This evening I ran into a "friend" who voted for Donald Trump who asked me if I was going to be going to the inauguration on Friday. My response was that I would sooner slit my wrists. Since the Vietnam War era I have always believed that rather than fall into the mindlessness of the "America Right or Wrong" crowd, true patriotism involves standing up for principle and demanding that America live up to its ideals and that the Constitution be defended. Now, faced with an incoming president who lost the popular vote by nearly 3 million votes, exhibits contempt fort conflict of interest rules, and seeks only to satiate his voracious ego, it is more important than every to stand up for America and the ideals of equality and equal justice under the laws. A column in the New York Times argues that resisting Donald Trump as Congressman John Lewis has done and refusing to recognize him as a legitimate president is an act of patriotism. The far right will shriek and scream, yet they had no problem striving for 8 years to legitimize Barack Obama which merely underscores their hypocrisy. Here are column excerpts:
[L]et’s ask whether Mr. Lewis was right to say what he said. Is it O.K., morally and politically, to declare the man about to move into the White House illegitimate?
Yes, it is. In fact, it’s an act of patriotism.
By any reasonable standard, the 2016 election was deeply tainted. It wasn’t just the effects of Russian intervention on Mr. Trump’s behalf; Hillary Clinton would almost surely have won if the F.B.I. hadn’t conveyed the false impression that it had damaging new information about her, just days before the vote. This was grotesque, delegitimizing malfeasance, especially in contrast with the agency’s refusal to discuss the Russia connection.
Was there even more to it? Did the Trump campaign actively coordinate with a foreign power? Did a cabal within the F.B.I. deliberately slow-walk investigations into that possibility? Are the lurid tales about adventures in Moscow true? We don’t know, although Mr. Trump’s creepy obsequiousness to Vladimir Putin makes it hard to dismiss these allegations. Even given what we do know, however, no previous U.S. president-elect has had less right to the title. So why shouldn’t we question his legitimacy?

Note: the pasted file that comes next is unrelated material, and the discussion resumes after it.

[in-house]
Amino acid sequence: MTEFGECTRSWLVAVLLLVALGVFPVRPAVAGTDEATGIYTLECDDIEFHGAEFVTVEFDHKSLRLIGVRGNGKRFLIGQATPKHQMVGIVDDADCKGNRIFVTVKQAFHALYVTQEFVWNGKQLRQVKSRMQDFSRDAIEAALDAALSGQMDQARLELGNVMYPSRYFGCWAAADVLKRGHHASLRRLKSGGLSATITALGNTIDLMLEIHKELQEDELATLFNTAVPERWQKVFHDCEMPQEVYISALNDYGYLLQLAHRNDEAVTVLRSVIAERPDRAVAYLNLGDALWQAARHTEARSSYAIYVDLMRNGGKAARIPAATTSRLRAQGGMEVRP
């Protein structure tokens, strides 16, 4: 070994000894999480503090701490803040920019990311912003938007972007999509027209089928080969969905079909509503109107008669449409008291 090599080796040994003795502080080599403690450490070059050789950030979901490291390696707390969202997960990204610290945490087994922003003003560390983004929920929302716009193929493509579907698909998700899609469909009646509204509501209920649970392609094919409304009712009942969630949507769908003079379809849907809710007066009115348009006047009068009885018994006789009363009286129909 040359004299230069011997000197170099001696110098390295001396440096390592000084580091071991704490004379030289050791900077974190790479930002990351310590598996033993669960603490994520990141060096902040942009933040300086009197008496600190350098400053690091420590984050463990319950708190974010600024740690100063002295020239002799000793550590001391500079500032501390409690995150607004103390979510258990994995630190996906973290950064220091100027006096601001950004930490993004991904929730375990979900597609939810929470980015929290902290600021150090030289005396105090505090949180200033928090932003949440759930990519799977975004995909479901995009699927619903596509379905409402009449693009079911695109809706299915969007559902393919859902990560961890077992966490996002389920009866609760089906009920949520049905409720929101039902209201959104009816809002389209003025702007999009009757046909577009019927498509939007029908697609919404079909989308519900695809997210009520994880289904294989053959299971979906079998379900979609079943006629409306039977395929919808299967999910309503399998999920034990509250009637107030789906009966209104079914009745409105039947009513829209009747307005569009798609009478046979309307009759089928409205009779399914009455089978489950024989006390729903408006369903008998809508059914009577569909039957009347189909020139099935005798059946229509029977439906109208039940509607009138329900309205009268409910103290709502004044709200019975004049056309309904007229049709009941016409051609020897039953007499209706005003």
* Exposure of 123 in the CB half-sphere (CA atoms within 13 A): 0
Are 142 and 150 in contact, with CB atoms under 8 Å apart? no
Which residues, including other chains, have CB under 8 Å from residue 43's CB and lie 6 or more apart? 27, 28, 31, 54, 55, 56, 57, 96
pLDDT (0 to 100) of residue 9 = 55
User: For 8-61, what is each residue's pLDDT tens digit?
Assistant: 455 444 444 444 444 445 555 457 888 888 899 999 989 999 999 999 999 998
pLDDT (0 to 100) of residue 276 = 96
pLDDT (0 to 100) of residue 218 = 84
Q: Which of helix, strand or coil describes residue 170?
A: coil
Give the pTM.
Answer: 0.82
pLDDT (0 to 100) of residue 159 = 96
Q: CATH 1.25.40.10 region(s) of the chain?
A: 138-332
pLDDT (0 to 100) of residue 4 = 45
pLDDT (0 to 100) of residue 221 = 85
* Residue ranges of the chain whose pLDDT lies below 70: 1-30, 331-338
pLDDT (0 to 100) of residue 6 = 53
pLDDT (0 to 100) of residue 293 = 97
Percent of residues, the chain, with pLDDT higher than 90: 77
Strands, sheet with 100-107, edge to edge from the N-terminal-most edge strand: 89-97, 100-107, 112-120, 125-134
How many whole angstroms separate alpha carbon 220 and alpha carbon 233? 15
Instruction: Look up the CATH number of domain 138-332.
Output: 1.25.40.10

And talking frankly about how Mr. Trump gained power isn’t just about truth-telling. It may also help to limit that power.
It would be one thing if the incoming commander in chief showed any hint of humility, of realizing that his duty to the nation requires showing some respect for the strong majority of Americans who voted against him despite Russian meddling and the F.B.I.’s disinformation dump. But he hasn’t and won’t.
Instead, he’s lashing out at and threatening anyone and everyone who criticizes him, while refusing even to admit that he lost the popular vote. And he’s surrounding himself with people who share his contempt for everything that is best in America. What we’re looking at, all too obviously, is an American kakistocracy — rule by the worst.
What this means is that Mr. Trump must not be treated with personal deference simply because of the position he has managed to seize. He must not be granted the use of the White House as a bully pulpit. He must not be allowed to cloak himself in the majesty of office. Given what we know about this guy’s character, it’s all too clear that granting him unearned respect will just empower him to behave badly.
And reminding people how he got where he is will be an important tool in preventing him from gaining respect he doesn’t deserve. Remember, saying that the election was tainted isn’t a smear or a wild conspiracy theory; it’s simply the truth.
Now, anyone questioning Mr. Trump’s legitimacy will be accused of being unpatriotic — because that’s what people on the right always say about anyone who criticizes a Republican president. (Strangely, they don’t say this about attacks on Democratic presidents.) But patriotism means standing up for your country’s values, not pledging personal allegiance to Dear Leader.
No, we shouldn’t get into the habit of delegitimizing election results we don’t like. But this time really is exceptional, and needs to be treated that way.I agree. #NotMyPresident.